Feeds

Xanadu project lifts open source kimono

Web ancestor meets WWW

  • alert
  • submit to reddit

New hybrid storage solutions

Ted Nelson's legendary Xanadu project - the fabled hypertext precursor to the World Wide Web - went open source a couple of years ago, and yesterday the project's curators made the web site public. Even though you might find it hard to justify the time to the pointy-haired boss, it's well worth the excursion.

Nelson embarked on the project in 1960, drawing on the ideas of Vannevar Bush, with the vision of tying disparate people and spaces into a huge distributed database. Or, er... not. It didn't quite start out like that, and by the 1980s (Xanadu could be described as a 30-year vaporware exercise which was constantly evolving) it had been honed down to a set of business rules.

But the epigrammatic and ever quotable founder - surely the geek world's Captain Beefheart - managed to maintain his place in the visionary pantheon with a succession of sponsors. At one stage Xanadu was owned by Autodesk. And oh, irony of ironies, Microsoft Press published the Xanadu book. Nelson supplied an unceasing supply of bon mots of which a couple of our favourites are:

"In 1974, computers were oppressive devices in far-off air-conditioned places. Now you can be oppressed in your own living room."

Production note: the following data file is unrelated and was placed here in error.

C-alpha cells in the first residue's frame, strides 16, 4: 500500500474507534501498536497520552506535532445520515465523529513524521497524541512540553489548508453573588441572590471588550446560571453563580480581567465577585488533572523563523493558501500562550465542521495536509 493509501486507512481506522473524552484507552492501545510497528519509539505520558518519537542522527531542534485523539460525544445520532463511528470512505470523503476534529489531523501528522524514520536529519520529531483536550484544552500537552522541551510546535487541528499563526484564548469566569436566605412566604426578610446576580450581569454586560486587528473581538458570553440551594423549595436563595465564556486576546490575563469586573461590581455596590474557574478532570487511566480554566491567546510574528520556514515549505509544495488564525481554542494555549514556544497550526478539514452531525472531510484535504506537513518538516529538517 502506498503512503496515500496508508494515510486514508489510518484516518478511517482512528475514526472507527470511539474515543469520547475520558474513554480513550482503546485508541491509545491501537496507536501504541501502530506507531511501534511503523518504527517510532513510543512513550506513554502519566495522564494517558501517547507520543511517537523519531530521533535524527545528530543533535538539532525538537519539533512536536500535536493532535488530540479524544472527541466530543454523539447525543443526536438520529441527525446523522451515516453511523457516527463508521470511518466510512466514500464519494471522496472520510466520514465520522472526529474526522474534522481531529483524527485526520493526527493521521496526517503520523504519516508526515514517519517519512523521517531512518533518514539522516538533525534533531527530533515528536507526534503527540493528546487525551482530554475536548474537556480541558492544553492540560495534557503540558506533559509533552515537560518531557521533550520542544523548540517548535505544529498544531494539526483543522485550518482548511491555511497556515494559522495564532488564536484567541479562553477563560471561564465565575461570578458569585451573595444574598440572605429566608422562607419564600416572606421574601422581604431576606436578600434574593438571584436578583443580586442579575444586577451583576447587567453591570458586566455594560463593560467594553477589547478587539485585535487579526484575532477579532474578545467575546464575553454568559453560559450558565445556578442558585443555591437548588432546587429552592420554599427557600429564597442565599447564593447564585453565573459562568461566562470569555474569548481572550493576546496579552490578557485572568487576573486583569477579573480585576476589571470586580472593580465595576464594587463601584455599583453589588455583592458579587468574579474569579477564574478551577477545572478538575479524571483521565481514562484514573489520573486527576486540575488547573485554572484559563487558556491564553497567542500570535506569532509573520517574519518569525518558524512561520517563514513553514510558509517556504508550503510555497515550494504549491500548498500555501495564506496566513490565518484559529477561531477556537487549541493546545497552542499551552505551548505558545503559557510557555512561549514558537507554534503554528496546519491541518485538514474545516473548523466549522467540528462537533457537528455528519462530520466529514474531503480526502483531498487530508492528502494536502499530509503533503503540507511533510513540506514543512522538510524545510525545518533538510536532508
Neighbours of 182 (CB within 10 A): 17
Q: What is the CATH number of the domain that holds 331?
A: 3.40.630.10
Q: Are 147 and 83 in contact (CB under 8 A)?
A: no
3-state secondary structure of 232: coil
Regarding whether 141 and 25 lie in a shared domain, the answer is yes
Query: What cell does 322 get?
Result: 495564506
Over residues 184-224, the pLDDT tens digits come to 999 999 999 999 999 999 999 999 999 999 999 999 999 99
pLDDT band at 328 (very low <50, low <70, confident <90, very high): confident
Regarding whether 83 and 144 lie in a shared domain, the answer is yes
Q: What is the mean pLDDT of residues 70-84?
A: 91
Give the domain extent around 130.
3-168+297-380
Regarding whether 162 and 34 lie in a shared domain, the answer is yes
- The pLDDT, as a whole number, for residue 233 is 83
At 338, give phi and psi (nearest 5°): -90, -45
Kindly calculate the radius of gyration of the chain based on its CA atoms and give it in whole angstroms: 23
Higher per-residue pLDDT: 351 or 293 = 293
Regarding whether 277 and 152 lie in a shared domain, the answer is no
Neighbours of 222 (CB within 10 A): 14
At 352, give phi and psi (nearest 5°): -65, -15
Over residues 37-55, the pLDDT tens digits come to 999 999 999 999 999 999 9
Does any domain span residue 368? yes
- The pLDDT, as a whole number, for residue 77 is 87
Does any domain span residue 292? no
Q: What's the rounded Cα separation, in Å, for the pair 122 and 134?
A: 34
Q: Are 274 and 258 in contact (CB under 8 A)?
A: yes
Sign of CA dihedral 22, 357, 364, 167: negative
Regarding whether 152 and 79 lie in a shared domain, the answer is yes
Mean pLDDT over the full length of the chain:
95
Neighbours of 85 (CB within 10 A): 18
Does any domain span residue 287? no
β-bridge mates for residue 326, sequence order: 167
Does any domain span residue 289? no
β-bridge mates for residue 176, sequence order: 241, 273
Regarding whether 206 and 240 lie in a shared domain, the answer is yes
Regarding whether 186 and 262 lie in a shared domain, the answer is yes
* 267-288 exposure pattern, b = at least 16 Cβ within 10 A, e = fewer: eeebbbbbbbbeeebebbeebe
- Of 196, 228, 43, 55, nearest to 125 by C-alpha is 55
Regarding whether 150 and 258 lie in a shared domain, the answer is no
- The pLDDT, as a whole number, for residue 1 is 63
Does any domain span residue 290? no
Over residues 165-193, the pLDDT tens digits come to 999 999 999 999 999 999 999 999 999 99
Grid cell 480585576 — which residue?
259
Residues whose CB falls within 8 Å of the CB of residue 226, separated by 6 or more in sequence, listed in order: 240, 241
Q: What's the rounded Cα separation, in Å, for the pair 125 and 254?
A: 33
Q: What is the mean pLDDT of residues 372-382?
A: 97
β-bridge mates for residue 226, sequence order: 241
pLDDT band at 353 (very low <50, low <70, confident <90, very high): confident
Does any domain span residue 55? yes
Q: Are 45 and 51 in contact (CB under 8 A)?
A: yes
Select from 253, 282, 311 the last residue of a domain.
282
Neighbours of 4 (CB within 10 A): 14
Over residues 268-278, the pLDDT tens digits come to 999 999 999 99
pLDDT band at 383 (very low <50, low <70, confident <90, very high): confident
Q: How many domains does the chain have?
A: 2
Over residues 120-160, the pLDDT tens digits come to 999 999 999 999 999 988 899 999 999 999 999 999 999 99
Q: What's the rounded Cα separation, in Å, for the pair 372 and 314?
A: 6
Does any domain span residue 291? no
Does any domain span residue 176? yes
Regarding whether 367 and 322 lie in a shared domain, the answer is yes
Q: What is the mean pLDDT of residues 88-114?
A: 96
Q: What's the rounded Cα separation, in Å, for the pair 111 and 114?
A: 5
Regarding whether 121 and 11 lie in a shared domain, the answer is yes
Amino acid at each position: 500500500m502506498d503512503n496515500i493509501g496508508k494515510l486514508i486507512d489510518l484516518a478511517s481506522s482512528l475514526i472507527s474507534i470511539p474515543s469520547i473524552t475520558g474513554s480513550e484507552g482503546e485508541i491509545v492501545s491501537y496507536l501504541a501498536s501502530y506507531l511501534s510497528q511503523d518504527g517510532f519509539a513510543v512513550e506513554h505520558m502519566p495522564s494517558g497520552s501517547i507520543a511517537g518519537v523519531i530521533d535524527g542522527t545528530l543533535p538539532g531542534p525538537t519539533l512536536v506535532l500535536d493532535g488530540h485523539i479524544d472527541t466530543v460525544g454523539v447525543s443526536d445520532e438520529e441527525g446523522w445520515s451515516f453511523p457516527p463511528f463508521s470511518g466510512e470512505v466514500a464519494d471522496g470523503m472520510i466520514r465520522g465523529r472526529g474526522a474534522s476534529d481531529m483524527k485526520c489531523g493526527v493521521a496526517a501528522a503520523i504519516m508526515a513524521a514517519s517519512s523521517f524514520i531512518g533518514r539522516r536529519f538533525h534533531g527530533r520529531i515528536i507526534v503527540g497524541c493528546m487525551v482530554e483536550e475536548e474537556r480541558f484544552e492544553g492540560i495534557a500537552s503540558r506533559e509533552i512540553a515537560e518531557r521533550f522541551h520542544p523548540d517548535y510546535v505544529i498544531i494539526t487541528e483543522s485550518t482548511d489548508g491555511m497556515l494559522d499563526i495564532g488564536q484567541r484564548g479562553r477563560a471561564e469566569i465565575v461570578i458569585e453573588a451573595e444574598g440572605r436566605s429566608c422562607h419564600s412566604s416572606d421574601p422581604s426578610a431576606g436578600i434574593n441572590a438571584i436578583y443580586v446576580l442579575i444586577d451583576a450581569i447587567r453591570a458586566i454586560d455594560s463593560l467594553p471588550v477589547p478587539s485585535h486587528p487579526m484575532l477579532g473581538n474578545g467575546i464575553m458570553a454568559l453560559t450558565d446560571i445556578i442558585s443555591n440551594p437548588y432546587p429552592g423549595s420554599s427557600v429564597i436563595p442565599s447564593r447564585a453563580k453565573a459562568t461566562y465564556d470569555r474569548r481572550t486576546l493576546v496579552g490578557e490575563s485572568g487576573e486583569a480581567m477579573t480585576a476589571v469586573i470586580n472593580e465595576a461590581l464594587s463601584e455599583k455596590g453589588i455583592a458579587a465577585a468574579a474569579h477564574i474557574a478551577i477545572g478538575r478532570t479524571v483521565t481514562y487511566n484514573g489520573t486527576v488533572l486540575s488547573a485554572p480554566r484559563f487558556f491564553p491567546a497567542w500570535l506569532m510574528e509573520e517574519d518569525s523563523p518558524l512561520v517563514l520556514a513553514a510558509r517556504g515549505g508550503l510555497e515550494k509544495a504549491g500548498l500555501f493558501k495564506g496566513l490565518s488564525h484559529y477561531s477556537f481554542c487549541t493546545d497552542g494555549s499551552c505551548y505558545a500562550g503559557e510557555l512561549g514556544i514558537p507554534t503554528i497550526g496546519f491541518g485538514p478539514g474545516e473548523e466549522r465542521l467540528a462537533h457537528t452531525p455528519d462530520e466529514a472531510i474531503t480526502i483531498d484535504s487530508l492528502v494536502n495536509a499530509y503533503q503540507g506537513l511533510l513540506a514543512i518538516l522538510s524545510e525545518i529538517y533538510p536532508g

And later, when faced with the WWW itself, Nelson replied "Trying to fix HTML is like trying to graft arms and legs onto hamburger..."

To avoid confusion, the open source Xanadu work is "Udanax Green" and "Udanax Gold". You can find it here. Sounds of unicorns optional. ®

Related Story

Web precursor Xanadu goes open source

Gratuitous Links</ B>
Xanalogical Media: Needed Now More Than Ever
Information Management: A Proposal - Tim Berners Lee (March 1989)

Security for virtualized datacentres

More from The Register

next story
Not appy with your Chromebook? Well now it can run Android apps
Google offers beta of tricky OS-inside-OS tech
Greater dev access to iOS 8 will put us AT RISK from HACKERS
Knocking holes in Apple's walled garden could backfire, says securo-chap
NHS grows a NoSQL backbone and rips out its Oracle Spine
Open source? In the government? Ha ha! What, wait ...?
Google extends app refund window to two hours
You now have 120 minutes to finish that game instead of 15
Intel: Hey, enterprises, drop everything and DO HADOOP
Big Data analytics projected to run on more servers than any other app
prev story

Whitepapers

Providing a secure and efficient Helpdesk
A single remote control platform for user support is be key to providing an efficient helpdesk. Retain full control over the way in which screen and keystroke data is transmitted.
Top 5 reasons to deploy VMware with Tegile
Data demand and the rise of virtualization is challenging IT teams to deliver storage performance, scalability and capacity that can keep up, while maximizing efficiency.
Reg Reader Research: SaaS based Email and Office Productivity Tools
Read this Reg reader report which provides advice and guidance for SMBs towards the use of SaaS based email and Office productivity tools.
Security for virtualized datacentres
Legacy security solutions are inefficient due to the architectural differences between physical and virtual environments.
Secure remote control for conventional and virtual desktops
Balancing user privacy and privileged access, in accordance with compliance frameworks and legislation. Evaluating any potential remote control choice.